By Andy Stalsberg, Chief Commercial Officer at Access Paysuite.


The Federation of Self Employed and Small Business (FSB) recently revealed that nearly 80 per cent of businesses are dealing with the consequences of poor payment practices. When invoices aren’t paid promptly, or suppliers are left waiting for payment there can be serious consequences, significantly impacting a business’ ability to manage operating costs and pay employees.

But what steps can businesses take to help overcome the financial challenges of late payments?


Challenging macroeconomic events 

Since the start of the COVID-19 pandemic in 2020, there have been a number of economic factors impacting consumers and their level of disposable income. Issues such as rising inflation, unemployment, and fluctuations in economic growth, alongside the war in Ukraine, have created a period of economic instability. In fact, in May UK inflation hit a 40-year high of 9 per cent, presenting a number of challenges for businesses.


The issue of late payments 

Earlier this year, the FSB revealed up to 440,000 SMEs could be forced to close due to late payments alone and, whilst many large businesses have the assets to combat late payments, SMEs are undoubtedly starting to feel the consequences of the cost-of-living crisis.

Some SMEs may not have a wider knowledge of how to effectively tackle late payments, particularly when compared with larger companies with an experienced in-house finance team and extensive resources.

One of the main challenges created by late payments is the unforeseen drop in income, which often results in cash flow instability. For some businesses, this owed money might prevent them from being able to explore new opportunities such as recruiting and investing back into the business and in the worst case they might even be forced to close.

In fact, City A.M. revealed nearly one in four SME owners believe that delays in the payment of invoices have got worse within the past year, with the domino effect of late payments negatively impacting business operations and cash flow.


How technology can help businesses better manage payments

Automation is fast becoming the preferred method for businesses looking to improve their payment processes. With electronic invoicing, the previously laborious process can be made much simpler and more efficient.

Speeding up the payment process means customers will receive their invoices earlier and any disputes can be resolved faster. Similarly, this will help standardise the payment process from both the business’ and customer’s point of view.

During these challenging times, it’s crucial for businesses to adapt and provide flexibility for their customers. Giving multiple options such as flexible payment collection dates, the option of direct debit, or splitting of monthly payments into smaller increments ensures a higher prospect of receiving payments on-time.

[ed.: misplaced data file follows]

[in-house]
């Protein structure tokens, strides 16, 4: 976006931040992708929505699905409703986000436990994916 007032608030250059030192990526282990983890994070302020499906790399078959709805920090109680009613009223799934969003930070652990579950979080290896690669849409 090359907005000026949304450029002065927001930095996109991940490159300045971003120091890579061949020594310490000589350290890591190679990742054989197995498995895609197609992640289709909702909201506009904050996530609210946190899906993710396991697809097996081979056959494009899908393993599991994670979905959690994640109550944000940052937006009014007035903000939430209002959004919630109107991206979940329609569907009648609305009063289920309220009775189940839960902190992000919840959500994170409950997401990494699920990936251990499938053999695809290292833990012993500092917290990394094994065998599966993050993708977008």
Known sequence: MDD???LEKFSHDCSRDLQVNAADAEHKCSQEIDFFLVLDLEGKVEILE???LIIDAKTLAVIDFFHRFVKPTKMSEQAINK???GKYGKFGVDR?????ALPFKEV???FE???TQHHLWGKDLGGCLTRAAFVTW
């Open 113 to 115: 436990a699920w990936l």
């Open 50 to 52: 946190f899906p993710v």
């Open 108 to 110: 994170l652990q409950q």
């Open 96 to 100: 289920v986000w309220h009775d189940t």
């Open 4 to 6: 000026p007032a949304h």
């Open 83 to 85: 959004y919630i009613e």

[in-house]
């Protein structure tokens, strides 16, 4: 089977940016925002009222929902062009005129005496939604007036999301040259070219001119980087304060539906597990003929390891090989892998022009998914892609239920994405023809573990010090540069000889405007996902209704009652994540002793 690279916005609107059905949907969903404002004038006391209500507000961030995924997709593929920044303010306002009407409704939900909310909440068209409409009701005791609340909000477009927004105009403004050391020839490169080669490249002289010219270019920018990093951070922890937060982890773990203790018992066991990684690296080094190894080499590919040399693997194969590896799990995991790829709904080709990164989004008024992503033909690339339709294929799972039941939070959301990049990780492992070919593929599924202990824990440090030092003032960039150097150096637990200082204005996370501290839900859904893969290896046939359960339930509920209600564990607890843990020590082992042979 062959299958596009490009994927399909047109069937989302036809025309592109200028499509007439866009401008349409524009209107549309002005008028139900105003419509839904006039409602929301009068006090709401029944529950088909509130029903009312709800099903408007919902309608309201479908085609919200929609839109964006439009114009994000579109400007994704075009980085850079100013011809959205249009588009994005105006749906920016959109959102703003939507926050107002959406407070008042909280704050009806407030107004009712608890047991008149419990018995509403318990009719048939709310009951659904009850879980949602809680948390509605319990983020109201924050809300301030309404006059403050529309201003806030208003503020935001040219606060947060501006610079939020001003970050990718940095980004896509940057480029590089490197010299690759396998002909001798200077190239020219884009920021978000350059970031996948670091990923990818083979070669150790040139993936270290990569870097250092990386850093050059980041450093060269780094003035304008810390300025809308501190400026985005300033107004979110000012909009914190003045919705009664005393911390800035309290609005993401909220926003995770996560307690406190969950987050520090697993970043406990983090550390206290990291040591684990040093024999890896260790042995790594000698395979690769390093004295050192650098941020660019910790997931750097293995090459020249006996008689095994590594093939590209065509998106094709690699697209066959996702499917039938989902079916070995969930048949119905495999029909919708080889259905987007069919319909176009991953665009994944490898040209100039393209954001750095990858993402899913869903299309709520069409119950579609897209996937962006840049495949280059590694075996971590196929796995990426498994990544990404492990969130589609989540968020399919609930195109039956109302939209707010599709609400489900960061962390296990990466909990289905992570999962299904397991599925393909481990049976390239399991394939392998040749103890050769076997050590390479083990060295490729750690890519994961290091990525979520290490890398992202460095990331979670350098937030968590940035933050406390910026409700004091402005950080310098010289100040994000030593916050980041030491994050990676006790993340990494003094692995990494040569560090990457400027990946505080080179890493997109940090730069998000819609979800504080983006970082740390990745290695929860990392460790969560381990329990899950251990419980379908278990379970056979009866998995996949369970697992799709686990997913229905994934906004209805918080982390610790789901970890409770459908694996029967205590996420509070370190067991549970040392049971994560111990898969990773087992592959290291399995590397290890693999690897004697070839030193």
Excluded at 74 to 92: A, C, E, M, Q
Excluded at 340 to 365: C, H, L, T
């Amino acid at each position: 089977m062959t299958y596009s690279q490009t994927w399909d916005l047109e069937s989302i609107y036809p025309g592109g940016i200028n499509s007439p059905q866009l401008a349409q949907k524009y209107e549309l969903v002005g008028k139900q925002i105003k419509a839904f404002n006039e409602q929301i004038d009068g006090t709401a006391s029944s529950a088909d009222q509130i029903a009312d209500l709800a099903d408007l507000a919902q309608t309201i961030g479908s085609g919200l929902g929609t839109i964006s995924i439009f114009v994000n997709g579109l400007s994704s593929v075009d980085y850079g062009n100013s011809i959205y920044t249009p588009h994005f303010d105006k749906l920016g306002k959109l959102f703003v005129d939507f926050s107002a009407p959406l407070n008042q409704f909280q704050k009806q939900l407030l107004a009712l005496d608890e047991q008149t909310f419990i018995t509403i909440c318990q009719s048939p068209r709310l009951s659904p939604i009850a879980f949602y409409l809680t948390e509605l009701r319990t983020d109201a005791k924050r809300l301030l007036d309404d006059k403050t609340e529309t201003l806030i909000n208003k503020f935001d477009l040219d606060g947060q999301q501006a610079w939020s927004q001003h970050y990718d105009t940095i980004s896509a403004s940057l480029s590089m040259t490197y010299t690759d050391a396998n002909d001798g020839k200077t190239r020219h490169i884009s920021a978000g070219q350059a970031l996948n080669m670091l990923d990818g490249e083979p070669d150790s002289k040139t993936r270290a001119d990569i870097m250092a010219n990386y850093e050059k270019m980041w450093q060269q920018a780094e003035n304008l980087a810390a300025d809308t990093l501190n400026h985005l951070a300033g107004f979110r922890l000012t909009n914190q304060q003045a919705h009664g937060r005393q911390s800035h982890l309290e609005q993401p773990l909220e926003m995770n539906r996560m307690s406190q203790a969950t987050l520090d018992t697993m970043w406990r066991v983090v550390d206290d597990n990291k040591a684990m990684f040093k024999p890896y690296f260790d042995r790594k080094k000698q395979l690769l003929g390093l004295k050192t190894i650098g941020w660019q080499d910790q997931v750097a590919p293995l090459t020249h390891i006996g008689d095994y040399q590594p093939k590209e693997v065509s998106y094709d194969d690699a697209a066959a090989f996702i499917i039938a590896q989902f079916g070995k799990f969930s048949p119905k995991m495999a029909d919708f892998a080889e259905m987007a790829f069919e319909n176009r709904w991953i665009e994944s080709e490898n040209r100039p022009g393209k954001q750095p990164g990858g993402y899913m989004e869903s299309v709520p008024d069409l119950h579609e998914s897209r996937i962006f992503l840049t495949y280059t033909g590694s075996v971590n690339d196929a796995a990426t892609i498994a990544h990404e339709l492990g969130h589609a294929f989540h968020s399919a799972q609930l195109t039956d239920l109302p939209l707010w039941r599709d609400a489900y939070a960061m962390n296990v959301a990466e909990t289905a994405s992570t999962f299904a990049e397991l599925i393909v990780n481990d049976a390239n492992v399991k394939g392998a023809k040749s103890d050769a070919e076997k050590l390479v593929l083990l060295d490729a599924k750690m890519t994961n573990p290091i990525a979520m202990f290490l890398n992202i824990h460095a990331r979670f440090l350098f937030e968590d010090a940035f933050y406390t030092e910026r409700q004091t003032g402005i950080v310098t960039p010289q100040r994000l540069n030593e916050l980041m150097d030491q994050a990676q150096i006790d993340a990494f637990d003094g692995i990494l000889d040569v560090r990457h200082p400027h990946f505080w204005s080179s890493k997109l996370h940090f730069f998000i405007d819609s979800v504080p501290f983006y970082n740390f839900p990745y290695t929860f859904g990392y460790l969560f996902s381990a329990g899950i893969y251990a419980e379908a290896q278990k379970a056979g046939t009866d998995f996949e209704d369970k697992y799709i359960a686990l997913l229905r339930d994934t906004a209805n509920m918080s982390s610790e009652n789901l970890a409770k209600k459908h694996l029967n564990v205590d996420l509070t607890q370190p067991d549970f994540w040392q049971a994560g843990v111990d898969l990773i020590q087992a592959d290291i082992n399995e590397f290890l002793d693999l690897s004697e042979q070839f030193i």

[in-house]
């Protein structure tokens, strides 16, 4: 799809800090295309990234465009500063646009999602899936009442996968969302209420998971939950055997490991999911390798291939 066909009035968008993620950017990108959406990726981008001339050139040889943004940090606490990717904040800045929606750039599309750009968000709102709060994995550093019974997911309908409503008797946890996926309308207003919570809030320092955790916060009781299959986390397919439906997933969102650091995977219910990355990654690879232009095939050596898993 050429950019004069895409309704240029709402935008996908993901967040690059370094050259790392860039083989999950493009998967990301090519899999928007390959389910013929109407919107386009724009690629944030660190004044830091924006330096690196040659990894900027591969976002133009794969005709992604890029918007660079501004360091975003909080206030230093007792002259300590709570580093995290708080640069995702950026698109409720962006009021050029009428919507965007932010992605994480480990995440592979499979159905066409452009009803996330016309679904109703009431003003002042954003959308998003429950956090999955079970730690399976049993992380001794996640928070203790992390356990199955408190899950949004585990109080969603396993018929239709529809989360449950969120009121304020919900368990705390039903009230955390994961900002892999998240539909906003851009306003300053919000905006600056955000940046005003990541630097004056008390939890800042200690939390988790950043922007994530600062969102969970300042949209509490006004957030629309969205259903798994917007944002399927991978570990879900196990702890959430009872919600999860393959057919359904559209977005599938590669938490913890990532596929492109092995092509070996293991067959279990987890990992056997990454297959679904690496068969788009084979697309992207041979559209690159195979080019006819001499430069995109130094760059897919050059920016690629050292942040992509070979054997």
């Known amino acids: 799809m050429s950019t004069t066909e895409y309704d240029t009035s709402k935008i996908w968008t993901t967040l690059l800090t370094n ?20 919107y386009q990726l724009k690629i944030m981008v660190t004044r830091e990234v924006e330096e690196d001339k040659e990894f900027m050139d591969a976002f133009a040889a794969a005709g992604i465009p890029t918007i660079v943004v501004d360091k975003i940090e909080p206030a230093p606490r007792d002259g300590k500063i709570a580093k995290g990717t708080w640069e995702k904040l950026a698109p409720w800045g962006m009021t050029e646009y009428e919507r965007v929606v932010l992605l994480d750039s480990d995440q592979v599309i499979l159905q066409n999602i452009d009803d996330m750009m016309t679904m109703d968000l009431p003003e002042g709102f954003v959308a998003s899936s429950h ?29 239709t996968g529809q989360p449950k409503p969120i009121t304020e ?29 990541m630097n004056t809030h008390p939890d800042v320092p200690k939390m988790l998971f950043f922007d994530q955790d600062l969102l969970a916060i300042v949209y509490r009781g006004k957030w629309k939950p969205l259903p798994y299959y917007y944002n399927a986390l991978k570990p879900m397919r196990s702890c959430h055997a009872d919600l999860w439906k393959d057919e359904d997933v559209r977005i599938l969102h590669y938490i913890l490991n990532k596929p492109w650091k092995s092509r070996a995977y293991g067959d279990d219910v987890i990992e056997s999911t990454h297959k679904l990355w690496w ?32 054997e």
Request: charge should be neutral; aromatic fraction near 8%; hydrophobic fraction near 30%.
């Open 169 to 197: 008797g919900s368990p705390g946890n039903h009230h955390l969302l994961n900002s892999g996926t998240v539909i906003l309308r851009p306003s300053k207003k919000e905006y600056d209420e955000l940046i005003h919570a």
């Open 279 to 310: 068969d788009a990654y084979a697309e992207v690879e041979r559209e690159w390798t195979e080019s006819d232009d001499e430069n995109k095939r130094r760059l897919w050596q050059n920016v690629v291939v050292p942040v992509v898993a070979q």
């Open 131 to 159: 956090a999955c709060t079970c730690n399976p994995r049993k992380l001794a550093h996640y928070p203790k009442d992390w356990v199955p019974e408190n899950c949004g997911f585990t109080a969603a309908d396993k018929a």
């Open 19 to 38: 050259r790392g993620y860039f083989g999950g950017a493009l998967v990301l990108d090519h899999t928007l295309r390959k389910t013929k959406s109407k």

Many businesses are not aware but engaging with a direct debit specialist can quickly improve your efficiencies and collection rates. In a short time, the service costs of using an expert provider will bring in  better cash flow and payment success.

A fully automated payments system will also provide an intuitive view of incomings and outgoings, meaning businesses can better forecast any upcoming payment issues and take the relevant steps to prevent this from becoming a larger problem. Those reliant on manual processes may find themselves, victims of costly human errors and oversights, should a late payment be missed this could have a significant impact on cash flow later down the line.

Whilst not only benefitting the business, a digital payments solution will also improve customer experience, with the majority of consumers finding digital interactions less stressful and more convenient.


Maintain positive cash flow

As mentioned above, with the right systems in place you can minimise the chance of late payments to improve and maintain positive cash flow. With a consistent source of income, businesses can reliably predict revenue streams.

Improving cash flow takes time, especially when facing debt or a backlog of late payments, but with a more robust payment system in place, these issues can be more easily rectified and resolved to boost opportunities for the business.

As the cost of living crisis continues, late payments will, sadly, only become more of a problem. With a fully integrated and flexible digital payment system in place, businesses can ease cash flow worries and focus on more value-add activities.


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